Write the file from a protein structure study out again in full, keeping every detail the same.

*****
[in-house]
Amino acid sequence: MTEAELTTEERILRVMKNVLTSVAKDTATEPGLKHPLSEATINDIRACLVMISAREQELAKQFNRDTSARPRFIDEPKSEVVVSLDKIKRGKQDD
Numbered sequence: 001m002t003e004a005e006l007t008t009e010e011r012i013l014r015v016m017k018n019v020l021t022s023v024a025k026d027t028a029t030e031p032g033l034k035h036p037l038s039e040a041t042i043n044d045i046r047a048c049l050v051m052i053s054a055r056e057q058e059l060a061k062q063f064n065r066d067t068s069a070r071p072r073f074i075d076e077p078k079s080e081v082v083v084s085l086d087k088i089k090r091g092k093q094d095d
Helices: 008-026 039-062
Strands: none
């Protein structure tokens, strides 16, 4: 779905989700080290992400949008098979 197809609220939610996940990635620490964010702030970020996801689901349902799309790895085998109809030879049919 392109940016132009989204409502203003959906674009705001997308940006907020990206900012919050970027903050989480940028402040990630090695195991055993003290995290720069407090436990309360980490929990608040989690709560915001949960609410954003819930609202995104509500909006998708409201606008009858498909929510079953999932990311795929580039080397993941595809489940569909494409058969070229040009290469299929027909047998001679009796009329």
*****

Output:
[in-house]
Amino acid sequence: MTEAELTTEERILRVMKNVLTSVAKDTATEPGLKHPLSEATINDIRACLVMISAREQELAKQFNRDTSARPRFIDEPKSEVVVSLDKIKRGKQDD
Numbered sequence: 001m002t003e004a005e006l007t008t009e010e011r012i013l014r015v016m017k018n019v020l021t022s023v024a025k026d027t028a029t030e031p032g033l034k035h036p037l038s039e040a041t042i043n044d045i046r047a048c049l050v051m052i053s054a055r056e057q058e059l060a061k062q063f064n065r066d067t068s069a070r071p072r073f074i075d076e077p078k079s080e081v082v083v084s085l086d087k088i089k090r091g092k093q094d095d
Helices: 008-026 039-062
Strands: none
């Protein structure tokens, strides 16, 4: 779905989700080290992400949008098979 197809609220939610996940990635620490964010702030970020996801689901349902799309790895085998109809030879049919 392109940016132009989204409502203003959906674009705001997308940006907020990206900012919050970027903050989480940028402040990630090695195991055993003290995290720069407090436990309360980490929990608040989690709560915001949960609410954003819930609202995104509500909006998708409201606008009858498909929510079953999932990311795929580039080397993941595809489940569909494409058969070229040009290469299929027909047998001679009796009329």